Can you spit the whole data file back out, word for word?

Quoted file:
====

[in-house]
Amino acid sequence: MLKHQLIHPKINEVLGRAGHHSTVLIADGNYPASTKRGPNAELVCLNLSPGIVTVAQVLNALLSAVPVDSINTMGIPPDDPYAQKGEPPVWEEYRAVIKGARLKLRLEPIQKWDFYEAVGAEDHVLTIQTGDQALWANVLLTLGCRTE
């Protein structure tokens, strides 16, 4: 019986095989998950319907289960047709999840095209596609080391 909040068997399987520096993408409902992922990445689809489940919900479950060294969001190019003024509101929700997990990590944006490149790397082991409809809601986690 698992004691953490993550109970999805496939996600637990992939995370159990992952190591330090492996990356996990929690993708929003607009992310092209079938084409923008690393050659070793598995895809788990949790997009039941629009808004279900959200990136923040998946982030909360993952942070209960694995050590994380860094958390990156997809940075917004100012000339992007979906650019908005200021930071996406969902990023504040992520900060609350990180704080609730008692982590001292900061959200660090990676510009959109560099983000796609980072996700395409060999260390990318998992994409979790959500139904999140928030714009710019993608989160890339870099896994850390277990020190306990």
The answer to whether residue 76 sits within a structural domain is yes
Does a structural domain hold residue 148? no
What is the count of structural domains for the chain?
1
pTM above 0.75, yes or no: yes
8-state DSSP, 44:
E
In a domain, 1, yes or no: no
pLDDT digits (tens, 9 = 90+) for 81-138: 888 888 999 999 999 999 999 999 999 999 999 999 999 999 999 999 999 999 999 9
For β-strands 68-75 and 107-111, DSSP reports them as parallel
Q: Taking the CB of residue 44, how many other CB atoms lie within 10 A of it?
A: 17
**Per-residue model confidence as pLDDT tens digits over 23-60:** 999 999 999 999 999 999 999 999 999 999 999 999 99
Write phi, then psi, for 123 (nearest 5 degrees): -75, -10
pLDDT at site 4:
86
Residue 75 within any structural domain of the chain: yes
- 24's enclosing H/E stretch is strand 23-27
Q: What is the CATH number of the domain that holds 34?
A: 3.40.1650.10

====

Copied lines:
[in-house]
Amino acid sequence: MLKHQLIHPKINEVLGRAGHHSTVLIADGNYPASTKRGPNAELVCLNLSPGIVTVAQVLNALLSAVPVDSINTMGIPPDDPYAQKGEPPVWEEYRAVIKGARLKLRLEPIQKWDFYEAVGAEDHVLTIQTGDQALWANVLLTLGCRTE
């Protein structure tokens, strides 16, 4: 019986095989998950319907289960047709999840095209596609080391 909040068997399987520096993408409902992922990445689809489940919900479950060294969001190019003024509101929700997990990590944006490149790397082991409809809601986690 698992004691953490993550109970999805496939996600637990992939995370159990992952190591330090492996990356996990929690993708929003607009992310092209079938084409923008690393050659070793598995895809788990949790997009039941629009808004279900959200990136923040998946982030909360993952942070209960694995050590994380860094958390990156997809940075917004100012000339992007979906650019908005200021930071996406969902990023504040992520900060609350990180704080609730008692982590001292900061959200660090990676510009959109560099983000796609980072996700395409060999260390990318998992994409979790959500139904999140928030714009710019993608989160890339870099896994850390277990020190306990």
The answer to whether residue 76 sits within a structural domain is yes
Does a structural domain hold residue 148? no
What is the count of structural domains for the chain?
1
pTM above 0.75, yes or no: yes
8-state DSSP, 44:
E
In a domain, 1, yes or no: no
pLDDT digits (tens, 9 = 90+) for 81-138: 888 888 999 999 999 999 999 999 999 999 999 999 999 999 999 999 999 999 999 9
For β-strands 68-75 and 107-111, DSSP reports them as parallel
Q: Taking the CB of residue 44, how many other CB atoms lie within 10 A of it?
A: 17
**Per-residue model confidence as pLDDT tens digits over 23-60:** 999 999 999 999 999 999 999 999 999 999 999 999 99
Write phi, then psi, for 123 (nearest 5 degrees): -75, -10
pLDDT at site 4:
86
Residue 75 within any structural domain of the chain: yes
- 24's enclosing H/E stretch is strand 23-27
Q: What is the CATH number of the domain that holds 34?
A: 3.40.1650.10